However, as Khalek pointed out, Netanyahu has also confessed that the true purpose of the wall is actually to protect Israel’s Jewish majority from “demographic spillover” of Palestinians from the West Bank.
Khalek concluded by saying that:
The lesson of the day, if there was one, seemed to be that violent demagoguery, no matter how reprehensible, is perfectly justified when it comes from the mouths of Israeli leaders.
It should be remembered that Khalek is writing from a pro-Palestinian position, and that her motivation for exposing this Jewish hypocrisy is because she actually believes the race-denying worldview which pretends that there are no differences between races or ethnic groups.
Racial realists understand that there are vast differences between individuals and races, and that all ethnic groups have a right to protect their identities and their racial composition—and that the mixing of races is not only harmful to all people, but is the destroyer of unique cultures and true diversity.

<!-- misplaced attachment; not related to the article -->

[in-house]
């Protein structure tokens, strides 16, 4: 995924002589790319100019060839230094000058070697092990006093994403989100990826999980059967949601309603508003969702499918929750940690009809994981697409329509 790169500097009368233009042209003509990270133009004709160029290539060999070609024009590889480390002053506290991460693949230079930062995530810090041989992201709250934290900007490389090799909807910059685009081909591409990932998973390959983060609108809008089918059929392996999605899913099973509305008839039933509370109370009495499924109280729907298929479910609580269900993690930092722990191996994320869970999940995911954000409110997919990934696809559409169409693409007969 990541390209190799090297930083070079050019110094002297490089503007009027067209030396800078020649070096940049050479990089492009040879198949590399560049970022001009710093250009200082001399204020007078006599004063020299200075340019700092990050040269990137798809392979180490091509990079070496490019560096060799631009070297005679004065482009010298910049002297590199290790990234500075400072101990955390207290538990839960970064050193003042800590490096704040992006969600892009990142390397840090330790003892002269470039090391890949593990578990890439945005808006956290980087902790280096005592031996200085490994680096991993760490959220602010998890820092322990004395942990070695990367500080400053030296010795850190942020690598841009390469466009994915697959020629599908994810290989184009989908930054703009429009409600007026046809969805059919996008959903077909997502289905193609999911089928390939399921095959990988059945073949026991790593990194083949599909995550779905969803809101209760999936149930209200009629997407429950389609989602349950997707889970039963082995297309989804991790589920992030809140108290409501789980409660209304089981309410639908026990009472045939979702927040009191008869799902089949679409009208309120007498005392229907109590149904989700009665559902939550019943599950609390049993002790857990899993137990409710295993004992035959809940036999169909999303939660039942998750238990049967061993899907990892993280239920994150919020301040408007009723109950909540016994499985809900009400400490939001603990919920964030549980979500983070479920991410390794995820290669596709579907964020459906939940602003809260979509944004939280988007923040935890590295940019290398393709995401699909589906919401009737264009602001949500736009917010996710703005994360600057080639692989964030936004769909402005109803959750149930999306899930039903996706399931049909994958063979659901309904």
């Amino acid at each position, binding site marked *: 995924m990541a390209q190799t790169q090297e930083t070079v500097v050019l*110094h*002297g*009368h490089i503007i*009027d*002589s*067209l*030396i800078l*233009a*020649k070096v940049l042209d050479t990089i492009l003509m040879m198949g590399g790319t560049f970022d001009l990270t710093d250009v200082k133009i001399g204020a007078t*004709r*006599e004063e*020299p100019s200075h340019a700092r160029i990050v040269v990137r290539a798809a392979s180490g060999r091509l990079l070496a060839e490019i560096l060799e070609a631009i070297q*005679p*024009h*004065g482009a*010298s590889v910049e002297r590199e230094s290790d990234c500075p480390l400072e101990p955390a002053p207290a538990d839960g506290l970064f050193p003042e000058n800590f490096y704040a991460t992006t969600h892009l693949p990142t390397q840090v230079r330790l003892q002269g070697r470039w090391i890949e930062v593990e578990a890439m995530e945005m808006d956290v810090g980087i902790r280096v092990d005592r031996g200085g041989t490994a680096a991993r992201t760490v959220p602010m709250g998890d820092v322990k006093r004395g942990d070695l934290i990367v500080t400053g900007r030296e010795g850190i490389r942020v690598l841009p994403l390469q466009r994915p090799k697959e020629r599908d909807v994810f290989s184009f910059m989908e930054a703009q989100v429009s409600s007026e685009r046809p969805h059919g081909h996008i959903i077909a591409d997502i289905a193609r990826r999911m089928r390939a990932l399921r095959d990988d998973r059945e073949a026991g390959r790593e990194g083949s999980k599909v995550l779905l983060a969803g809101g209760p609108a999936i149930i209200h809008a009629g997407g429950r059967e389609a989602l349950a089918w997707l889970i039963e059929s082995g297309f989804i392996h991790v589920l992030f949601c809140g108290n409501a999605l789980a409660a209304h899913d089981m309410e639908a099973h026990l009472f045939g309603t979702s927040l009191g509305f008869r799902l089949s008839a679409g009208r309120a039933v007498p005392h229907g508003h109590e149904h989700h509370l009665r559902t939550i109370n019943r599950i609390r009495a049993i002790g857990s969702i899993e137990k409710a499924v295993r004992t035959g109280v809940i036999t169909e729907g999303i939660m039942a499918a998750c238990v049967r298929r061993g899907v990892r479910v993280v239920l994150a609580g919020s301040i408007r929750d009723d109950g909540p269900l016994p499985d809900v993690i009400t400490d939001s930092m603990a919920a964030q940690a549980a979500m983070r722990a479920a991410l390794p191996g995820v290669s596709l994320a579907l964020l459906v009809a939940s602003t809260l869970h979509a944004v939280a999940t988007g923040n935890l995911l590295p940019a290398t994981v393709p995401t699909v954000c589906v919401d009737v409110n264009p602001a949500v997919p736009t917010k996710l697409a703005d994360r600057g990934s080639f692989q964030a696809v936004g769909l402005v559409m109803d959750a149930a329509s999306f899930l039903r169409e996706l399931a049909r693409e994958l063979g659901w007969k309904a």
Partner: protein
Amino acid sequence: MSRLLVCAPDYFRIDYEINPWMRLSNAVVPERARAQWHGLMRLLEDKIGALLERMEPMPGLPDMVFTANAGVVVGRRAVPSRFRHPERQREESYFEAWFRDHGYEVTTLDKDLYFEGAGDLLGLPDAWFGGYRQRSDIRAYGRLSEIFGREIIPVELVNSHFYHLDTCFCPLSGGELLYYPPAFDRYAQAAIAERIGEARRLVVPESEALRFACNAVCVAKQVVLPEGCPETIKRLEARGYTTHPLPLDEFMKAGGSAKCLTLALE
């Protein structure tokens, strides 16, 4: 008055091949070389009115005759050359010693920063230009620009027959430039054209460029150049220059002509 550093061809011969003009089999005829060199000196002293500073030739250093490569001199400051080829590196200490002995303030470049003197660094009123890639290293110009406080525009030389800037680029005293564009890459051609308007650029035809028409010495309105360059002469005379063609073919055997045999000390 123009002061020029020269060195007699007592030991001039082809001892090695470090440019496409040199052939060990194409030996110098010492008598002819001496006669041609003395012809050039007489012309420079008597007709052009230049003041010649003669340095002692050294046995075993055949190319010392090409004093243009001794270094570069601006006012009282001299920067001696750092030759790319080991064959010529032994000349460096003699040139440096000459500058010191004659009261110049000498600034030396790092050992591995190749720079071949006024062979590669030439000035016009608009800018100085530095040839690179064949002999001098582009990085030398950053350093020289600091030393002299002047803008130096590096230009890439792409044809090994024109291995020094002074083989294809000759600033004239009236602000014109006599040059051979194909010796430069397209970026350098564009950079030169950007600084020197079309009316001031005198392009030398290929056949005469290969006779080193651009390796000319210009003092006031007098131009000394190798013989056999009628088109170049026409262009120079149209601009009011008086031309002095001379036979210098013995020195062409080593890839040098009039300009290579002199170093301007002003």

Jews, therefore, have a right—just like any other people on earth—to preserve their identity and racial heritage. The problem comes in when they demand that right for themselves, and then dismiss as “racist” and “evil” any European who merely asks for that same right.
It is this shocking hypocrisy, which Khalek so dramatically illustrated, which is the real bone of contention between Europeans and Jews—and it is a conflict which will only be resolved when Jews, as a group, halt this hypocrisy and interference in the right of Europeans to remain European.